Crowd behavior is influenced by emotional contagion. Excitement, transmitted from one person to another, creates a high state of collective emotion. Ideas conceived by crowd leaders and dominant crowd members pass rapidly from person to person. These ideas and the general mood of the crowd sweep to bystanders and curiosity seekers, who can become caught in the wave of excitement and crowd action. Emotional contagion exceeds the bounds of personal contact. It can be passed by mass media.

Emotional contagion is especially significant in a civil disturbance environment. It provides the crowd psychological "unity." The unity is usually temporary. But this unity may be the only momentum a crowd needs to turn it to mob action. When emotional contagion prevails, self-discipline is low. Normal controls give way to raw emotions. Personal prejudices and unsatisfied desires, which usually are restrained, are readily released. This is a strong incentive for individuals to follow the crowd, to do things they have wanted to do but dared not try alone. This contagion can cause a crowd to lose its concern for law and authority. A crowd that follows its leaders into unlawful and disruptive acts becomes a mob. Mob behavior is highly emotional. It is often unreasonable. It is always potentially violent.

Panic also affects crowds. It prompts unreasoning and frantic efforts to seek safety. Panic is extremely contagious and spreads rapidly. In a state of panic, people become so irrational they endanger themselves and others. Panic can occur during a civil disturbance when crowds--

  • Think or feel danger is so close at hand that the only course of action is to flee.
  • Think escape routes are limited or that only one escape route exists.
  • Think the limited routes are blocked or congested and passage is slowed or stopped.
  • Believe an escape route is open after it is blocked and in trying to force a way to the exit, cause those in front to be crushed, smothered, or trampled.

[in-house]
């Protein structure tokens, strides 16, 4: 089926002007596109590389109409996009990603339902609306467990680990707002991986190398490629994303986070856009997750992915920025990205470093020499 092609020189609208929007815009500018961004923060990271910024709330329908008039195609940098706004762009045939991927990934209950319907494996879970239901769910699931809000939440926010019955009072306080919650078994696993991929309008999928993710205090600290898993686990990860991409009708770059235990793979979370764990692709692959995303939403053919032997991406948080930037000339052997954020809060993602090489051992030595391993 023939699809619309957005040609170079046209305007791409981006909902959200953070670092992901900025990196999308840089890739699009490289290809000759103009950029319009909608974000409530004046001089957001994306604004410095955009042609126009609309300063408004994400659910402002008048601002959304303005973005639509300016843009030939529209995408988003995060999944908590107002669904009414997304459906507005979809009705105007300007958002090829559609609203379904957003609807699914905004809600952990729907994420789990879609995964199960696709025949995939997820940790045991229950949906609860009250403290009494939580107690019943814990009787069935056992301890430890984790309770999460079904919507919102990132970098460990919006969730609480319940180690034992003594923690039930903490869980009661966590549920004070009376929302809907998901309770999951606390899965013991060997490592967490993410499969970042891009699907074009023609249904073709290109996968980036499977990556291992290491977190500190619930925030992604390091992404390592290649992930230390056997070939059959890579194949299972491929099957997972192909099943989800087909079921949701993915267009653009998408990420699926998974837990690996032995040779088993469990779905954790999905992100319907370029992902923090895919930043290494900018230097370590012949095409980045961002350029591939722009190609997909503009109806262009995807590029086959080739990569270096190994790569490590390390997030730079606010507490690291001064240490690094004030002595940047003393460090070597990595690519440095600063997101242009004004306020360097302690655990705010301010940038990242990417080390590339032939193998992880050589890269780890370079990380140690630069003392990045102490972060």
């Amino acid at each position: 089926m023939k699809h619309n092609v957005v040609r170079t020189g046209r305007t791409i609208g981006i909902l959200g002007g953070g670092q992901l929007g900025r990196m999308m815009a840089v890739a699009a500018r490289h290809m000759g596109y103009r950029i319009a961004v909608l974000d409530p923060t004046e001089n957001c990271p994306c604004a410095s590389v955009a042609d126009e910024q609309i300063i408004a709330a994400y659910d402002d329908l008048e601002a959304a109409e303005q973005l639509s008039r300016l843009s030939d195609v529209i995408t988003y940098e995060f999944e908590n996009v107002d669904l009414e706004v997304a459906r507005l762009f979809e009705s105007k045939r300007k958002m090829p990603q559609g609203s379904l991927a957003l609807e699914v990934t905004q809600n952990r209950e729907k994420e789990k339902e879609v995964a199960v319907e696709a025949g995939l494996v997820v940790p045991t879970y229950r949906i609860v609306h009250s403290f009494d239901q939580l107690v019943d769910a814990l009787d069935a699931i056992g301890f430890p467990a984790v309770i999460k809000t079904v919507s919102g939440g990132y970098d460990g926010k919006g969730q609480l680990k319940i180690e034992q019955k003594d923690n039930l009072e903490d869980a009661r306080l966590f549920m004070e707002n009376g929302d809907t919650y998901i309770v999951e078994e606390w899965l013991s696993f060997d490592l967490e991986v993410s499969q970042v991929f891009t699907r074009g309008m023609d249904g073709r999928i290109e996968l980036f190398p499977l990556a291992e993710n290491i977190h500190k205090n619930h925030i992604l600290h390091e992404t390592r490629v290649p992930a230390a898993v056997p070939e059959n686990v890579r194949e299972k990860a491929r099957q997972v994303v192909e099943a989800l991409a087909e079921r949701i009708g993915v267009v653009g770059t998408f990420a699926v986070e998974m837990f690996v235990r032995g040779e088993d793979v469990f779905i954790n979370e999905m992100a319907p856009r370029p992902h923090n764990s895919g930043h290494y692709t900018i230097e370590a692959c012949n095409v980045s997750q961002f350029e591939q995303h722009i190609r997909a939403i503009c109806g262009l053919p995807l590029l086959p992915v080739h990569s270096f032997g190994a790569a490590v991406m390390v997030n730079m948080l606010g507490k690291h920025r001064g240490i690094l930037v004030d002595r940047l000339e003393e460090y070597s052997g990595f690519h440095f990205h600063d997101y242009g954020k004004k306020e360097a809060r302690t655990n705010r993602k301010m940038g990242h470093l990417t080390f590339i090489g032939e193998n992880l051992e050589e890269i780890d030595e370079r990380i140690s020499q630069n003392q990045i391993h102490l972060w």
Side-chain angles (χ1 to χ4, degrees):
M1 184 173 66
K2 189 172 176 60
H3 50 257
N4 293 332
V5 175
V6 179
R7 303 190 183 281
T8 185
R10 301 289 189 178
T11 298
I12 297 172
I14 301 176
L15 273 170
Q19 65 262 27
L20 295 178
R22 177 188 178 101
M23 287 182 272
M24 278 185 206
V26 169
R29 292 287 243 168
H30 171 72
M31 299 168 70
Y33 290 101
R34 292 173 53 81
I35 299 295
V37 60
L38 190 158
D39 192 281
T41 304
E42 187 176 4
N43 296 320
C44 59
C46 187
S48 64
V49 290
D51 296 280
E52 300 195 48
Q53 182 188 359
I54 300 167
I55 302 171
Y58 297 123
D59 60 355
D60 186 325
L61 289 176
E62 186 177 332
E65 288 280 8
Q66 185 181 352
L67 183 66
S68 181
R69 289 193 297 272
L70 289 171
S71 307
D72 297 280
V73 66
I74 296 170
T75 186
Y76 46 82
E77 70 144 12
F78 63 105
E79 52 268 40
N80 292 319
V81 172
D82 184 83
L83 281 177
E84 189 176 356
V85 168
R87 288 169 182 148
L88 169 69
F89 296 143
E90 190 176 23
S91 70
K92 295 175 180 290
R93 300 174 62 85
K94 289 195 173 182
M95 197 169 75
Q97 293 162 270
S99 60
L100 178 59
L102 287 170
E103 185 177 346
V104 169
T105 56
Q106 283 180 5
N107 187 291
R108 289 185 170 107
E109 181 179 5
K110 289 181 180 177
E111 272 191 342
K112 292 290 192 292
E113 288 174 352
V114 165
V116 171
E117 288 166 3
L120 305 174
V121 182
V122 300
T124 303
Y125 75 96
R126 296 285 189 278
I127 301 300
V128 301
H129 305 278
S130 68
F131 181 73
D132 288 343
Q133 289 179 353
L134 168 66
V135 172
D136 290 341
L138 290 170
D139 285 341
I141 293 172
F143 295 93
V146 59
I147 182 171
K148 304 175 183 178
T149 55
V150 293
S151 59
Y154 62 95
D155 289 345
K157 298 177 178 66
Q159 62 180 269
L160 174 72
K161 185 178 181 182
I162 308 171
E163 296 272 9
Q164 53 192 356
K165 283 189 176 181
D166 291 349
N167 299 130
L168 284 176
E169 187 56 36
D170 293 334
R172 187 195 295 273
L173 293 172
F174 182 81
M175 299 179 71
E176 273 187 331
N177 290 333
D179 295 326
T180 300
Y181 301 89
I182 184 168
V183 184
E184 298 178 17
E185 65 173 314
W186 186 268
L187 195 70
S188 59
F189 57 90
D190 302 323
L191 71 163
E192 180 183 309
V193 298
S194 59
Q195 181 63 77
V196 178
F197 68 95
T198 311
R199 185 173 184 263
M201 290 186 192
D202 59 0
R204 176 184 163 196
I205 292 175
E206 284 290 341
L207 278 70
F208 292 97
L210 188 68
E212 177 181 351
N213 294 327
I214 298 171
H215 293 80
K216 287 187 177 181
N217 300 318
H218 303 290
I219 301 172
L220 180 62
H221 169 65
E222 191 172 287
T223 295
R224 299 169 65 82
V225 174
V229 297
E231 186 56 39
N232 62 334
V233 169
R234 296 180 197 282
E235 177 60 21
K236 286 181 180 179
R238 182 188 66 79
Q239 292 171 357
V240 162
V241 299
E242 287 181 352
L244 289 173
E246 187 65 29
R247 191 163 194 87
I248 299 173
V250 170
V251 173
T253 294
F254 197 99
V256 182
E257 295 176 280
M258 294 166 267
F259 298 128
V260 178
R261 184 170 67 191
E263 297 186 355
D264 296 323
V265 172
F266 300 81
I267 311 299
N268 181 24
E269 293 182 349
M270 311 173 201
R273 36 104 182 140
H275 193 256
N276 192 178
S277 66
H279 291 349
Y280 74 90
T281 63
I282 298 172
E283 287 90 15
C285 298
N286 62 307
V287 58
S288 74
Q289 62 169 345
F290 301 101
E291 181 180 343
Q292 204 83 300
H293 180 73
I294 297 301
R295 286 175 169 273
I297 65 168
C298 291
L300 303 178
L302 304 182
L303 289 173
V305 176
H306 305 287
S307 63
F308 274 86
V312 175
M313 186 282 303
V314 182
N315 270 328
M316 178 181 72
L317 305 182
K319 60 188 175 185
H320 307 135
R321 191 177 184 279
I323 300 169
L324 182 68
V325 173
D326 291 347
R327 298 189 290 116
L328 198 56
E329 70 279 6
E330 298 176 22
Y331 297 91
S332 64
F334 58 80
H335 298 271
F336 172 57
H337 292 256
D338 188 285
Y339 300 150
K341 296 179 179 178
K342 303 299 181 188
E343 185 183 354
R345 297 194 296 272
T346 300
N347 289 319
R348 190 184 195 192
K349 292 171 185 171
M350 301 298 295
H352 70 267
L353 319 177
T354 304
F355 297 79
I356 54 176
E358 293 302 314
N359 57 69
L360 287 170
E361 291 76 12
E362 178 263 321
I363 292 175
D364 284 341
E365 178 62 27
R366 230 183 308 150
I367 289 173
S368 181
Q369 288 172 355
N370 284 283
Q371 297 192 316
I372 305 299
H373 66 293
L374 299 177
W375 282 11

• Are not able to disperse quickly after being exposed to riot control agents and begin to believe their lives are at risk.

Like participants, control force members are also susceptible to crowd behavior. They, too, are likely to become emotionally stimulated during a tense confrontation. The highly emotional atmosphere of a disturbance can infect control force members despite their disciplined training. When emotional tension is high, members may lose their feeling of restraint. Then they may commit acts they normally would suppress. Emotional contagion can also make a control force easily affected by rumor and fear. Commanders must watch for this and counteract it quickly.

In a large control force dealing with masses of demonstrators, control force members can lose their sense of individuality. Control force members must not be allowed to develop a feeling of anonymity. Leaders must know their subordinates' names and address them by name at every opportunity. Commanders must ensure that soldiers of questionable emotional stability or with strong prejudices against the group being controlled do not participate directly in civil disturbance control operations.

Control force members, like crowd members, tend to imitate the actions of others. One improper act copied by others can result in a chain of wrong behavior. But rigorous training, effective supervision, and immediate correction of improper acts can prevent this. During confrontations a control force also must guard against coming to see the participants impersonally rather than as people. The control force should have a racial and ethnic balance to reduce the chance of seeing the disturbance as a confrontation between "them" and "us." Some control force members may harbor ill feelings toward people who look, think, or behave unlike themselves. If they take advantage of the confrontation and show their ill will, their behavior will inflame rather than reduce a confrontation. A control force must be thoroughly briefed on fair and impartial performance of their duties. All members of the control force must be aware that they are accountable for all their actions.


In civil disturbances, crowds employ any number of tactics to resist control or to achieve their goals. Tactics may be unplanned or planned, nonviolent or violent. The more purposeful the disturbance, the more likely is the possibility of well-planned tactics.

Nonviolent tactics may range from name-calling to building barricades. Demonstrators may converse with control force members to distract them or to gain their sympathy. Demonstrators may try to convince control force members to leave their posts and join the demonstrators. They may use verbal abuse. Obscene remarks, taunts, ridicule, and jeers can be expected. Crowd members want to anger and demoralize the opposition. They want authorities to take actions that later may be exploited as acts of brutality.

Sometimes women, children, and elderly people are placed in the front ranks. This plays on a control force's sympathy to try to discourage countermeasures. When countermeasures are taken, agitators take photographs to stir public displeasure and to embarrass the control force. Demonstrators may form human blockades to impede traffic by sitting down in roads or at the entrances to buildings. This can disrupt normal activity, forcing control personnel to physically remove the demonstrators. Demonstrators may lock arms, making it hard for the control force to separate and remove them. It also makes the control force seem to be using excessive force.